The World Cup Day that was: July 9
- Andy Rice
- 10 Jul 2010 11:43 (South Africa)
UAE issues vuvuzela fatwa; Paul the psychic octopus spawns menagerie of clones; World Cup closing concert takes place; Robben doesn’t mind ugly football – as long as the Dutch win; “Pick me, pick me!” Torres pleads.
The United Arab Emirates has issued a fatwa against the vuvuzela. The UAE’s General Authority of Islamic Affairs and Endowments says that vuvuzelas that make a noise louder than 100 decibels are haram, or unIslamic, because they have the capacity to damage hearing. The authority claims that the average vuvuzela blast can be as loud as 127 decibels. However, thousands of vuvuzelas have already been imported into the UAE, and the police may be more interested in watching the final themselves on Sunday than scouring the country for errant vuvuzela-blowers.
So, Paul the Psychic Octopus has predicted that Spain will win the World Cup final, and Germany will win the third-place play-off. Whatever, clairvoyant animals are so last month. In June, there was just Paul, and he was cool, but now the predictive pet meme has taken over, and they’re boring us all to death with their oracles. The Cape Town aquarium’s octopus, Jabulani, has sided with his cephalopod brother, and chosen Spain as the victors. But Mano the parakeet from Singapore, and Pino the Ape from Estonia, who both claim psychic powers of their own, are convinced the Netherlands are going to win. For the record, our own psychic prediction is that Paul is going to be proven correct.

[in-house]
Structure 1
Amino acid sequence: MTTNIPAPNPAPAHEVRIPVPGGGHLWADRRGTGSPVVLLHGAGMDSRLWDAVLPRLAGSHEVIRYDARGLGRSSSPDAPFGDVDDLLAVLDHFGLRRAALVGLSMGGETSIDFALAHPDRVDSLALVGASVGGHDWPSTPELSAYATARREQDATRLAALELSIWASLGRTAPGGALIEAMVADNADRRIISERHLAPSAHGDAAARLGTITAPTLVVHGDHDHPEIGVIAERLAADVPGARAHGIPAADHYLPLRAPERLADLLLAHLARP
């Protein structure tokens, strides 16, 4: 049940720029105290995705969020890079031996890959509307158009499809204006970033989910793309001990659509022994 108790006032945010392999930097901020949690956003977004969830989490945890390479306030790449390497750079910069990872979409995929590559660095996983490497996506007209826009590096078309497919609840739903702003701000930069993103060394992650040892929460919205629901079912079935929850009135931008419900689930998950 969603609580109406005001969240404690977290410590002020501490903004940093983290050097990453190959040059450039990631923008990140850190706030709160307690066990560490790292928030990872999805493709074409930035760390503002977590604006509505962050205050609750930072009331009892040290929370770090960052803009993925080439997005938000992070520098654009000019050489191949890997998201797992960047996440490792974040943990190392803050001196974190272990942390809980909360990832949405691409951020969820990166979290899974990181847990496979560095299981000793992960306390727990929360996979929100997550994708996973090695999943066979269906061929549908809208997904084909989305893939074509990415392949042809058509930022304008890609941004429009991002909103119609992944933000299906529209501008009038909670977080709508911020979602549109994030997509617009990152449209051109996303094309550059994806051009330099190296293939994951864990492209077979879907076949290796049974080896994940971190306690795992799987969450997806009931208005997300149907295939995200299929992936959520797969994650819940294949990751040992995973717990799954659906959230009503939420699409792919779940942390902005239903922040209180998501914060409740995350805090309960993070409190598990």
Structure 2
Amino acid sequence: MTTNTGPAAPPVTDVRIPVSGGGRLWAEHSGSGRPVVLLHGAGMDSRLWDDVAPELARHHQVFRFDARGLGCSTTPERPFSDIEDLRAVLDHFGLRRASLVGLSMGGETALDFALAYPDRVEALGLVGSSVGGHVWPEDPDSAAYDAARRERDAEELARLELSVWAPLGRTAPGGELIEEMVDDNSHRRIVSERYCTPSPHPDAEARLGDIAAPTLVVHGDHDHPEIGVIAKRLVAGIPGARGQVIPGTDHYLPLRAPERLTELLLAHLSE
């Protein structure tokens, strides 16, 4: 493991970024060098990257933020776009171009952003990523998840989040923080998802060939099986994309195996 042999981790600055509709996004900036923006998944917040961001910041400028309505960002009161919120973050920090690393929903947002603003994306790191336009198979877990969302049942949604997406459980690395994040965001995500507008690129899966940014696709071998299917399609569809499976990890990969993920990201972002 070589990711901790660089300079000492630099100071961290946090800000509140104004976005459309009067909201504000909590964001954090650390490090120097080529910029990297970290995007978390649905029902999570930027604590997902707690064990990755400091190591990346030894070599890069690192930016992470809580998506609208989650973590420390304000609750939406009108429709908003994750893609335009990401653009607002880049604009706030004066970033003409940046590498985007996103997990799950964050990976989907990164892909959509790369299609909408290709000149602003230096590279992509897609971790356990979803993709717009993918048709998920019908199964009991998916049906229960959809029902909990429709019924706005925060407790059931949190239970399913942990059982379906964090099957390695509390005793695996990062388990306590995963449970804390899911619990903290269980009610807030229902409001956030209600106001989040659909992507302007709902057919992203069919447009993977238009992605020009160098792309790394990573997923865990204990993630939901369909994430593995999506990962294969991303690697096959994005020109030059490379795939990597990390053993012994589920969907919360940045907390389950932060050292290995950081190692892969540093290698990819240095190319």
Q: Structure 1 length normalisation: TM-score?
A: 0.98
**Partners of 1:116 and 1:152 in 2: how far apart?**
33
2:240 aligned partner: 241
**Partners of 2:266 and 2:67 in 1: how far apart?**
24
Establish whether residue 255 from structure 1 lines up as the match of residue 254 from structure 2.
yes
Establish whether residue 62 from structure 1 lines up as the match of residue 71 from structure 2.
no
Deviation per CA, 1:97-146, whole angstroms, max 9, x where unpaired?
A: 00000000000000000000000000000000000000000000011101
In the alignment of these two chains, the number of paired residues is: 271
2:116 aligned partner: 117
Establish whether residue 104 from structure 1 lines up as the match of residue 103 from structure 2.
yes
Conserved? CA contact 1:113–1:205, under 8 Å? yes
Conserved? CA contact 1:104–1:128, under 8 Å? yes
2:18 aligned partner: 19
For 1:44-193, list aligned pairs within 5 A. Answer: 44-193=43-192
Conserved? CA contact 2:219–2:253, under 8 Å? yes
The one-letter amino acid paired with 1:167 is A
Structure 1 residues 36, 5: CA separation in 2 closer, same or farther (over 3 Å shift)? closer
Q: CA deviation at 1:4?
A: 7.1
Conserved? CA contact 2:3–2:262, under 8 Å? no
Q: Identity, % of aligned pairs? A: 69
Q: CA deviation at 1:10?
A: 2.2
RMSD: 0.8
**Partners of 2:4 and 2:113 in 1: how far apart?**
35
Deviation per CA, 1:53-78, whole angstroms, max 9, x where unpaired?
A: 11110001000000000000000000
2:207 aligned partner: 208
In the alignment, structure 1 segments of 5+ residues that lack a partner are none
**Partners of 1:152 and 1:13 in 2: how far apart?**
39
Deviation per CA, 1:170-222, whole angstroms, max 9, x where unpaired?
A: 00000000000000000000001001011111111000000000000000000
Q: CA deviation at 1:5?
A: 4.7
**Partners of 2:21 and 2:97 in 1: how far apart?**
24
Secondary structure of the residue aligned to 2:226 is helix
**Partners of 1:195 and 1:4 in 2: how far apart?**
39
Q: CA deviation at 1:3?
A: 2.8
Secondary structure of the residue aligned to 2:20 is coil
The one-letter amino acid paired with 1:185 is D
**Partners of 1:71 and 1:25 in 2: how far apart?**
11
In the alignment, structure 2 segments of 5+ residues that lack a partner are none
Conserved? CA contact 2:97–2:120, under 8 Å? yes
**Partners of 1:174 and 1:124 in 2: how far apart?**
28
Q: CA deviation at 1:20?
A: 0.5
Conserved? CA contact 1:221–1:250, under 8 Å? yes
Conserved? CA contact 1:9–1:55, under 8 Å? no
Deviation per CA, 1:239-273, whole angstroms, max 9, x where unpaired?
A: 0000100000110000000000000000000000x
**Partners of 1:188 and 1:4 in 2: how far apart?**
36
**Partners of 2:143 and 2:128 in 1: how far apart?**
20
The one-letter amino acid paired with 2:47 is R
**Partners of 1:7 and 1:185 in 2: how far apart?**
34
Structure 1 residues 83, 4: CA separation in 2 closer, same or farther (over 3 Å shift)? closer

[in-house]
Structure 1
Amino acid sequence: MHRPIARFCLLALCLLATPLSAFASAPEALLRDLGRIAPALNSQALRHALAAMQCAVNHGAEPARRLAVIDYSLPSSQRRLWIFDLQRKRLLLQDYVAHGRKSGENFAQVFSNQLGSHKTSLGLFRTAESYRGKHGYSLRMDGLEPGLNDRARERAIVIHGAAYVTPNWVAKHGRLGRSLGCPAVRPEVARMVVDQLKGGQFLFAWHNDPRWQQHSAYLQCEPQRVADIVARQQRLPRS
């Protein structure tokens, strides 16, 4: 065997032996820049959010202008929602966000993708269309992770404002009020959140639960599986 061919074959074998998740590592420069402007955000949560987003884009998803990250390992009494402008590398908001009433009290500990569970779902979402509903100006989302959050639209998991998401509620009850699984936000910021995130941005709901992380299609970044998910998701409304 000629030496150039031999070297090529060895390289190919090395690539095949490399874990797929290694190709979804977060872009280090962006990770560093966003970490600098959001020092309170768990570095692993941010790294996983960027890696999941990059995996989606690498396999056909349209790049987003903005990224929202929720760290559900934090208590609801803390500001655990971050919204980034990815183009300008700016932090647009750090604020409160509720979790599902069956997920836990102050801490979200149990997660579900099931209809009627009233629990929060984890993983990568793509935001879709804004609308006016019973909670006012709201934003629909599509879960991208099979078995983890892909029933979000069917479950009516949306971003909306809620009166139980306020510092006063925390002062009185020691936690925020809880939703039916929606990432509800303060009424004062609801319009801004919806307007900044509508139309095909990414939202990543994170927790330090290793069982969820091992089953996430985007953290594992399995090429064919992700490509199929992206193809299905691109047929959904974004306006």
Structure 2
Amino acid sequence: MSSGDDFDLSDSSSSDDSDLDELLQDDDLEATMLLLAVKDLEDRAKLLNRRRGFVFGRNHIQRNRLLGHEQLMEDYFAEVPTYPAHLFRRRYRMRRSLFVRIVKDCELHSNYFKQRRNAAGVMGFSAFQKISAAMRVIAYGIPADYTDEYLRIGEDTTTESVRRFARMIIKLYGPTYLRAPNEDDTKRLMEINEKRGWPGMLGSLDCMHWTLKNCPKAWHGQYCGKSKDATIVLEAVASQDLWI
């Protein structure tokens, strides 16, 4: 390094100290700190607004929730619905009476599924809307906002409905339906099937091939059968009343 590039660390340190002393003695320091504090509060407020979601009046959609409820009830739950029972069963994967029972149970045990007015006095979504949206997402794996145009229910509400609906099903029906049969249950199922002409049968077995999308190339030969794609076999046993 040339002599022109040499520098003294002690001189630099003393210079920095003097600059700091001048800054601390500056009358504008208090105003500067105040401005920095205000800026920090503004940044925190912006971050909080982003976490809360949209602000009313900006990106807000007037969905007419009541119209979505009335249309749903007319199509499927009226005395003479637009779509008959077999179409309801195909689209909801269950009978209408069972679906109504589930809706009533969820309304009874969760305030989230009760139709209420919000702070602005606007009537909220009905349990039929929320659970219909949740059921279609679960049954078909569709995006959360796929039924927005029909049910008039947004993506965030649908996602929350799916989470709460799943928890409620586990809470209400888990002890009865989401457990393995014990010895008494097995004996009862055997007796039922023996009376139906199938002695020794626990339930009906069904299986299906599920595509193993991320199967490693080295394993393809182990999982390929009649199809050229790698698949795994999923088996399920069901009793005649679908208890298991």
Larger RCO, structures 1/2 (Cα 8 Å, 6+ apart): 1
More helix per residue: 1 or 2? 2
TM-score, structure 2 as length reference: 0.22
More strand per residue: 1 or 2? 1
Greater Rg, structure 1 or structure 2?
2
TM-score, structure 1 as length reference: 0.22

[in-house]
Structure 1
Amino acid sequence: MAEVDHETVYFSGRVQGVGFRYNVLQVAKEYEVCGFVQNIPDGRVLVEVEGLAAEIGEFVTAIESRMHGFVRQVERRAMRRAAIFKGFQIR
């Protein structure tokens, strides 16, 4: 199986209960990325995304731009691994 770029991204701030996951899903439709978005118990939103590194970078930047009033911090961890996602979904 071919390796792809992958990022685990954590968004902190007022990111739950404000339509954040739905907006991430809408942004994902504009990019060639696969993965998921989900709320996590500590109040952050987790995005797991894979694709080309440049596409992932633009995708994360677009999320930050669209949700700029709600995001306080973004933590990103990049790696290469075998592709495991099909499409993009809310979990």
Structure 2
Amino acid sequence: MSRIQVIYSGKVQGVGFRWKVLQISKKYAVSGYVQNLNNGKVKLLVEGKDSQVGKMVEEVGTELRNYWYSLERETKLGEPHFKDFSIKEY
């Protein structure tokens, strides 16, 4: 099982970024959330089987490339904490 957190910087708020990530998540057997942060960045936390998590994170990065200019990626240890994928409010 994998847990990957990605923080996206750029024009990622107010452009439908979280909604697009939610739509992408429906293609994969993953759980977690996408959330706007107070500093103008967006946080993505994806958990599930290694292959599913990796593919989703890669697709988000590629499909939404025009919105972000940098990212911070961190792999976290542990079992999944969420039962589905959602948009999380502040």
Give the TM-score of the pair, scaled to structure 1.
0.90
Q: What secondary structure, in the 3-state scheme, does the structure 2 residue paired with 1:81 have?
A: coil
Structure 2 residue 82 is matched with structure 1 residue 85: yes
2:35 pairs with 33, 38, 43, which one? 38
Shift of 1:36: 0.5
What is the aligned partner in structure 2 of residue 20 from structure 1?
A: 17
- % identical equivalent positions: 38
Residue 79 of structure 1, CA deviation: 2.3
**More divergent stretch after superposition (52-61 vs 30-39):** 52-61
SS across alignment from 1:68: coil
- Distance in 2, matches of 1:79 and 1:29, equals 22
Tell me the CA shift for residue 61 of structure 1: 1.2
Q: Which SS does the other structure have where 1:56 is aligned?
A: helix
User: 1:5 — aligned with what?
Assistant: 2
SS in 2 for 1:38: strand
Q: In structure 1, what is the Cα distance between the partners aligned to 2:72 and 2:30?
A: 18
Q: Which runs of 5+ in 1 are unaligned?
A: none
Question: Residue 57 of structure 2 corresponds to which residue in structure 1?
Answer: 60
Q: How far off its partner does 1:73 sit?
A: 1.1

The 2010 World Cup closing concert (or, to give it its official name, Celebrate Africa – The Grande Finale) took place at the Dome in Johannesburg on Friday night. No, it doesn’t make that much sense to hold The Grand Finale before the last game of the tournament – that is, until you realise no one would go if it were held on Monday evening). The main performers were Italian tenor Andreas Bocelli, South African soprano Pretty Yemde, and Canadian “rocker” Bryan Adams.
Dutch striker Arjen Robben has come out in support of his team’s win-at-all-costs strategy, dubbed “clockwork orange” by the press. “I’d rather play an extremely ugly game and win, instead of a beautiful one and lose,” Robben said on Friday. Dutch fans who revelled in their country’s total football of the 1970s, must be wondering if they were dreaming. In this year’s World Cup, most South Africans were behind The Netherlands in their semi-final against Uruguay, largely because of Luis Suarez’s blatant gamesmanship in their match against Ghana. But Spain have gained many supporters for the final – no doubt because of their footballing flair. May the most creative team win.
“Pick me, pick me!” Spanish striker Fernando Torres, begged his coach Vincente Del Bosque on Friday, or something along those lines, anyway. We don’t have a direct quote, but an unnamed Spanish source has said that Torres has pleaded with Del Bosque to include him in the starting line-up for Sunday’s final against The Netherlands. Torres was dropped for Spain’s semi-final against Germany, after failing to perform in the tournament; the Liverpool star’s fitness is also in question. Del Bosque has not yet announced the team, although he did tell Britain’s Daily Mail that Torres: “is one of the key members of the squad and a lovely guy”. But this can’t have reassured Torres much: it’s not that difficult to drop a “lovely guy” when a World Cup trophy is at stake.
Saturday, 20:30, Third-place play-off, Uruguay vs Germany, Port Elizabeth
Sunday, 20:30, Final, Spain vs The Netherlands, Johannesburg (Soccer City)
By Theresa Mallinson
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